It is essential that the WTO adapt to future changes in the world trade. We are witnessing an increase in the rate of change that is astounding and there is no reason to believe that any international system of governance can continue to keep pace or even follow closely on the heels of change in the world around us. The WTO system did meet the first wave of changes as noted above with the Trade Facilitation Agreement and the expansion of the Information Technology Agreement, but the fact is that it is not clear that future modes of delivery of goods and services, and the goods and services themselves, will be recognized by the current rules.

The WTO must be nimble, not incremental

Consider the following scenarios:

  • Where is the cloud really located and how much does that matter to technology companies as compared with national policymakers?
  • What treatment for commercial products manufactured or services sourced from space?
  • What of an app from one country that provides the medium for delivery of a product or service from another via a cloud contained in servers located anywhere, and where sourcing may shift about from nanosecond to nanosecond?
  • Where there is remote diagnosis by over the web by a physician who is specialist located in one country for patients in another, what sort of licensing will be required, will it be feasible?
  • When language is taught by a holographic teacher, what is its country of origin if the content is provided from one part of the world but it goes through processing and transformation in a number of others, before delivery in yet another end market?
  • One of the primary benefits of the internet age is the availability of internet services. Will the rules permit their free flow across borders?
  • How will standards and rules of access be applied to 3-D printing?
  • Airplane engines are being designed with hundreds of sensors to indicate not to their owner but to their manufacturers what changes in design are needed for greater efficiency and safety. The information may not even be fed back primarily to humans but to robots on the assembly line. This is a forerunner of the future, it is here now.
  • Smart bolts are being used in construction of structures that must stand up to stress. The bolt can report when a key element of a bridge or building may fail. Who needs that data, who can interpret it, what service will be based upon it? Will it be able to function cross borders?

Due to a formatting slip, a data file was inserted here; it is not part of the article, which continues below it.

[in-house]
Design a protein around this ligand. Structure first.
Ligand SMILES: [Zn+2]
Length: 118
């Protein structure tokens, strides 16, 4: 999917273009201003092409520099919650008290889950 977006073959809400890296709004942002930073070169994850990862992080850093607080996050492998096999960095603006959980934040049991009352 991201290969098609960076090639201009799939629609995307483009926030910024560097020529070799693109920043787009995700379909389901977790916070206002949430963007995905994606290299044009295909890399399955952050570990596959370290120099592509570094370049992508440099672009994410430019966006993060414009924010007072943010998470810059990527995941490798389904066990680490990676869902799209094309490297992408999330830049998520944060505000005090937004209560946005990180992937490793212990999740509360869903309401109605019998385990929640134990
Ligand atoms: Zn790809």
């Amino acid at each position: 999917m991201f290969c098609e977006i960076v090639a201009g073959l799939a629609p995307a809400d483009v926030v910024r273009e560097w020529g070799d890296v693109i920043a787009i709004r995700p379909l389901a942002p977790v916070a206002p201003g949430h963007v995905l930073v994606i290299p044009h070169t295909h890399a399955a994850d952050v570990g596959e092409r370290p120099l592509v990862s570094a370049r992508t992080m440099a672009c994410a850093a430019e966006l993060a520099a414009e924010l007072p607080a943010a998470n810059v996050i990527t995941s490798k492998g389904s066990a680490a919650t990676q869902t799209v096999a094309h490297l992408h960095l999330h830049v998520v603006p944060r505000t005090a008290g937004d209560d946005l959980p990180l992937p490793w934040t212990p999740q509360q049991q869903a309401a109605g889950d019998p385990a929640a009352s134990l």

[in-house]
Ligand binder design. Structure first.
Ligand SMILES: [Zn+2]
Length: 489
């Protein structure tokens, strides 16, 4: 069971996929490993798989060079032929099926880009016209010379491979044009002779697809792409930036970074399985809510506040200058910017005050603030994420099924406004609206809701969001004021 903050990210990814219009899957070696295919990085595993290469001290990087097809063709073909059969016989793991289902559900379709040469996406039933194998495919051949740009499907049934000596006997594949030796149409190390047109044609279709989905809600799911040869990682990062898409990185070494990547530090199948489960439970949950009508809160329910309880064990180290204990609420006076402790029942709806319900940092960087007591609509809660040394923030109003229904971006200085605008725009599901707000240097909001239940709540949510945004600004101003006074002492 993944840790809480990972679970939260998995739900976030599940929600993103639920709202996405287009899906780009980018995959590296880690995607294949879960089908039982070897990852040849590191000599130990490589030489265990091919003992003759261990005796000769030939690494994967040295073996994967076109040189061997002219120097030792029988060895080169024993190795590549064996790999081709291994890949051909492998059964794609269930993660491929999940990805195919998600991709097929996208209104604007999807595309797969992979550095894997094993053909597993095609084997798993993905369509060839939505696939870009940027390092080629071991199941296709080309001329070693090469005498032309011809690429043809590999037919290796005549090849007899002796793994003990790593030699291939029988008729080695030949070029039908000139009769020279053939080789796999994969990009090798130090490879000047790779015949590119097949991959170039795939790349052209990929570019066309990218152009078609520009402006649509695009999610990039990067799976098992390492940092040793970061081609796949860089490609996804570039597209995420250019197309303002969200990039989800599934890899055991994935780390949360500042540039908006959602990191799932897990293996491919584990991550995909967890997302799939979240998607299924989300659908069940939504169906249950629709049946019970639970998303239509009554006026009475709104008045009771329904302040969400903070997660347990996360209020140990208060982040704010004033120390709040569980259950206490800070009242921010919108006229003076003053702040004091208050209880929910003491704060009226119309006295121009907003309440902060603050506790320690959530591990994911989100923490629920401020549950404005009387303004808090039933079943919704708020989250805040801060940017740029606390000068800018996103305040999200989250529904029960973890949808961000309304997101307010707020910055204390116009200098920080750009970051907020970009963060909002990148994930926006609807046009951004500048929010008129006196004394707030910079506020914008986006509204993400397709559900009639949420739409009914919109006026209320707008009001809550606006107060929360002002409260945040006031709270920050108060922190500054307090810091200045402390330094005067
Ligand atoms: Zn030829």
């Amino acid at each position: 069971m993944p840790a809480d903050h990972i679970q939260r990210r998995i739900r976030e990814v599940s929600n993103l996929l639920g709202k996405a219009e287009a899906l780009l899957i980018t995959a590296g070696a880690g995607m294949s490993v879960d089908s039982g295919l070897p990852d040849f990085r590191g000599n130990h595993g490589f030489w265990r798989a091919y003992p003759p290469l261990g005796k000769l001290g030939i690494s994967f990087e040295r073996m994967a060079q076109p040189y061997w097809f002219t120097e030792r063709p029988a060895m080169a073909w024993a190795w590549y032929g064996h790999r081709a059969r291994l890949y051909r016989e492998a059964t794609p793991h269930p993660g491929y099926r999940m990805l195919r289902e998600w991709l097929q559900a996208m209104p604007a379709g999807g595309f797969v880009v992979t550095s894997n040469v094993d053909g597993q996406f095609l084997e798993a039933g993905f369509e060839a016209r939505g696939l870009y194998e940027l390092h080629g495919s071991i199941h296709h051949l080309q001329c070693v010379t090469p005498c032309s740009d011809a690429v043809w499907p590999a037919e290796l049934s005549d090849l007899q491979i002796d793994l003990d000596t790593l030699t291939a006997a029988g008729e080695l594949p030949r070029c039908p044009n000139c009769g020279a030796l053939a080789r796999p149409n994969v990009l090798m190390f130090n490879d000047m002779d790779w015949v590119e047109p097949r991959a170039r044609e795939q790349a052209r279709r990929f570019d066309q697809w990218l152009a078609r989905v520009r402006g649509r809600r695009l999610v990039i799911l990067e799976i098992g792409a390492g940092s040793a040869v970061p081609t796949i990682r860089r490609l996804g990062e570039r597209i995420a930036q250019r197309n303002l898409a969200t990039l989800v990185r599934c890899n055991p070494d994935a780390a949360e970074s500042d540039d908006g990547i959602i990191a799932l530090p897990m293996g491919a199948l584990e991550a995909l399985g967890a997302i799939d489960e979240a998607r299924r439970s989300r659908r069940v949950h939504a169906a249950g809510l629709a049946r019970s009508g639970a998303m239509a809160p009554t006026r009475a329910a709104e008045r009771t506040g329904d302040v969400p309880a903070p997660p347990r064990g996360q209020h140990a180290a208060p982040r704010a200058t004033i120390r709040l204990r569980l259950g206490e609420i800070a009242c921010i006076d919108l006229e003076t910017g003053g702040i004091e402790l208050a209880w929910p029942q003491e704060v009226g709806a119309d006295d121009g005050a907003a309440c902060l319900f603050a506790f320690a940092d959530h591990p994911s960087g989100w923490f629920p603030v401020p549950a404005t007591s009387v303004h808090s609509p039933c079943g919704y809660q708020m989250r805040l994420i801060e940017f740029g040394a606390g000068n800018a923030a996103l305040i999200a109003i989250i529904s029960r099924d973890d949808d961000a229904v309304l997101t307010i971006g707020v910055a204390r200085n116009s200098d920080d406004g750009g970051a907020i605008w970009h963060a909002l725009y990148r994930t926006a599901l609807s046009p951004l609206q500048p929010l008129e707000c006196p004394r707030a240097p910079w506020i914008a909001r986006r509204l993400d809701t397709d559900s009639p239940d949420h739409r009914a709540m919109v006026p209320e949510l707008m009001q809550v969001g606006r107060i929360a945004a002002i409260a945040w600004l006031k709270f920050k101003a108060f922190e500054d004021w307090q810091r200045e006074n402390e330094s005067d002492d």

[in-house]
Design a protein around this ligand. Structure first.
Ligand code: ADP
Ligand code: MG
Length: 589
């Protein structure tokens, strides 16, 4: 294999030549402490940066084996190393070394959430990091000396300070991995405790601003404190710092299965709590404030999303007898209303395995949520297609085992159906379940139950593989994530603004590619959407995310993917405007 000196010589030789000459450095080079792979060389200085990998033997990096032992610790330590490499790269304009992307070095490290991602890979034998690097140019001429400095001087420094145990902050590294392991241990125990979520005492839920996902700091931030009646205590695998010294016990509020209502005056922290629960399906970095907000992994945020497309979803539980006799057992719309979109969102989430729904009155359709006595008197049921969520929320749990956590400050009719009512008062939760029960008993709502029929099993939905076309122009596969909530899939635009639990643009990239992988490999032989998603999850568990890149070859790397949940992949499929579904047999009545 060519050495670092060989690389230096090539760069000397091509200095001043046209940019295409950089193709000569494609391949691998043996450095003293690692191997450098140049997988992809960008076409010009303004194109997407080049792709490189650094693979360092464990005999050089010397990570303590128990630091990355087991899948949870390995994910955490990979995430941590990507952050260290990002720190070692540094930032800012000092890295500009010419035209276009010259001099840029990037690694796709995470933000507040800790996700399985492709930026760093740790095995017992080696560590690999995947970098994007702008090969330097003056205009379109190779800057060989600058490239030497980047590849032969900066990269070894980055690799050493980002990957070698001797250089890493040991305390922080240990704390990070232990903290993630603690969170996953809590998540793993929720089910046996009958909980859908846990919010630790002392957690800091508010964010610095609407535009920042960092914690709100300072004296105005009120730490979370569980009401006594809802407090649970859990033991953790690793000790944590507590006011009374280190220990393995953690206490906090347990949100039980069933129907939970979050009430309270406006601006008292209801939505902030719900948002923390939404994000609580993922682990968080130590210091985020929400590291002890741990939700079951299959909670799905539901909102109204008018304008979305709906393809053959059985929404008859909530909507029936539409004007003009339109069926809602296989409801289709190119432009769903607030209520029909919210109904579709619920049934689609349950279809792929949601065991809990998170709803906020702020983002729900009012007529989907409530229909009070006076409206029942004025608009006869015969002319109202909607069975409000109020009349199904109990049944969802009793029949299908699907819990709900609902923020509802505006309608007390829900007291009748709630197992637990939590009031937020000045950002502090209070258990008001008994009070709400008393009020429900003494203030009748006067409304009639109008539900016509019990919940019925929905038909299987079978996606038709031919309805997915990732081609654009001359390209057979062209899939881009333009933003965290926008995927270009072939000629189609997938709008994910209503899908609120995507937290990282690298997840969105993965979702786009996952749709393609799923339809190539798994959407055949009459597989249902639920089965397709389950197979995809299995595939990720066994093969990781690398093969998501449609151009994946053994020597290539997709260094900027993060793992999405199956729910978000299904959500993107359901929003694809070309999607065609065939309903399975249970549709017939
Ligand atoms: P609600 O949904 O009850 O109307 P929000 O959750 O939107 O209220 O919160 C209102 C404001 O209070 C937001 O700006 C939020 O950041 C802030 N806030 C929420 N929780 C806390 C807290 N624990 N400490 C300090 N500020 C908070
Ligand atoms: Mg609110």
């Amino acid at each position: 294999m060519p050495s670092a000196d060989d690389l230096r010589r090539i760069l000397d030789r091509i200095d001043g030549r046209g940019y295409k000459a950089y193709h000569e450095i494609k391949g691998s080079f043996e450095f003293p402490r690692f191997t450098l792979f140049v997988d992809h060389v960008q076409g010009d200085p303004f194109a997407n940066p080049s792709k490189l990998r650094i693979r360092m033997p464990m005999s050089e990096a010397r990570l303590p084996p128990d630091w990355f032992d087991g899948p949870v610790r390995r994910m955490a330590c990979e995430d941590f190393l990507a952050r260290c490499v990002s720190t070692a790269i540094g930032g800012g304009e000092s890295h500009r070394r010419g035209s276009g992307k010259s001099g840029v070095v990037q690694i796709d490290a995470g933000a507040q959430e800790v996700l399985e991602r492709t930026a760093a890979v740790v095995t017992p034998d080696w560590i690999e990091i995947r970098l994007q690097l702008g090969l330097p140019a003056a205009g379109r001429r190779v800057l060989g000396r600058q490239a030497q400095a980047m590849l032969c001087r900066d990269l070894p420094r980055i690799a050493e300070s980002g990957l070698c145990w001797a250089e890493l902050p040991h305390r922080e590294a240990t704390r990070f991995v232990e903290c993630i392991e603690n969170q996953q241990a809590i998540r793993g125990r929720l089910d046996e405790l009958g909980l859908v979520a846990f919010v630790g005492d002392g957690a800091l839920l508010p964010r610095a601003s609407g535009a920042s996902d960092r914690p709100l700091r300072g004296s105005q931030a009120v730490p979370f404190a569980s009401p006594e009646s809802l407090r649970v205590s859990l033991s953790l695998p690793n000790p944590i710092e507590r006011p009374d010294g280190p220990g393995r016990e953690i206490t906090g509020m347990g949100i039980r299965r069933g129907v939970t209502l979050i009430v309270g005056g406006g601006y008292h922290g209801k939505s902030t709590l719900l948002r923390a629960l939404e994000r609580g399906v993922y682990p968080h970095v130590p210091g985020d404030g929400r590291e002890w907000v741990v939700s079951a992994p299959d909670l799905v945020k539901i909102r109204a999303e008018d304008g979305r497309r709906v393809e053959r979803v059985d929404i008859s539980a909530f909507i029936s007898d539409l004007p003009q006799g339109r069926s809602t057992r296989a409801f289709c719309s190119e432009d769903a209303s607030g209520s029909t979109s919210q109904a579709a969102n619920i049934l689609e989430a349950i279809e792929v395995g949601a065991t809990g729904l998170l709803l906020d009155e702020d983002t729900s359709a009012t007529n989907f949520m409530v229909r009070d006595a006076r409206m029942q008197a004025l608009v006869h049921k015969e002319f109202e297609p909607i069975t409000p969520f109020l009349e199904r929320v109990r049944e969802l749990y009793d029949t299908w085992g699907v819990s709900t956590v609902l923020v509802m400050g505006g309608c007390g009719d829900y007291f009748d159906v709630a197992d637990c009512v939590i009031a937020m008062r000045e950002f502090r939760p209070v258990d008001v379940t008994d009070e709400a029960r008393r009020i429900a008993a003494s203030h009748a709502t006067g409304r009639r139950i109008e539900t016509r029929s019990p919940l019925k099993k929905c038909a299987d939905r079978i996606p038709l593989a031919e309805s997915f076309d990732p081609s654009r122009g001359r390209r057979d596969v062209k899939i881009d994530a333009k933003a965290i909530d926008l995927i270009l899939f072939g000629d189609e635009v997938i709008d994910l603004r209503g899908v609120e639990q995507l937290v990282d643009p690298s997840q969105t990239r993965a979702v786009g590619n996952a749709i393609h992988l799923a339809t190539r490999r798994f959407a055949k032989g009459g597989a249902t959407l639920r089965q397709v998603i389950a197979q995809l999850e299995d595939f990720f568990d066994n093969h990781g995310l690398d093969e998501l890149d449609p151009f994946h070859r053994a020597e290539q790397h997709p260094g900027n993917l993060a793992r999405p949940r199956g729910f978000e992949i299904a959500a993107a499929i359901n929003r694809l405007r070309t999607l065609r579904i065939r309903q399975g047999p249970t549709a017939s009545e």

Customs nomenclature and classification will evolve. Is an autonomous automobile still an automobile? Is the answer the same if it has a means of propulsion that is external to it? What if it no longer needs roads? What category will a bio-chip fall into? What about its offspring? Goods and services traded may begin to move outside of existing categories. This is the beginning of the data driven industrial revolution.

The WTO members will collectively have to be very nimble to keep up with changes in the physical world, but that is not the nature of the evolution of the world trading system, which is incremental. Counter-pressures will exist for preserving policy space. Lawlessness characterized the frontiers during earlier centuries, and we will all be at the technological and economic frontier increasingly. “Lawlessness” can be positive if it would otherwise mean the imposition of regulations that strangle innovation, but obviously the state of nature can be very destructive as well. The future WTO will need to mediate opposing values, and seek to achieve the right balance.

It’s a question of leadership

A question is how to move forward both on the current negotiating agenda and on the areas where the current rules do not apply. Here there is a new problem: it is unclear what role the United States — for the seventy years the country that led and shaped the world trading system — will take going forward. At present the United States has simply stopped playing its leadership role. We only know that its role will be different and that multilateral approaches are deemed by Washington to be deficient in several respects and not a preferred path. The effects of this potentially revolutionary development are unknown. The bottom line is that other WTO members have not yet adapted to the drastically changed position of a key member.

Will another member or group of members step forward to increase the rate of progress at the WTO? Is collective leadership possible? Or will there instead be an acceleration of the negotiation of bilateral and regional agreements? Will they be WTO plus and a positive factor for world trade or prove divisive and counterproductive in terms of both efficiency and total benefits for WTO members?

Bilateral results yield greater gains when adopted broadly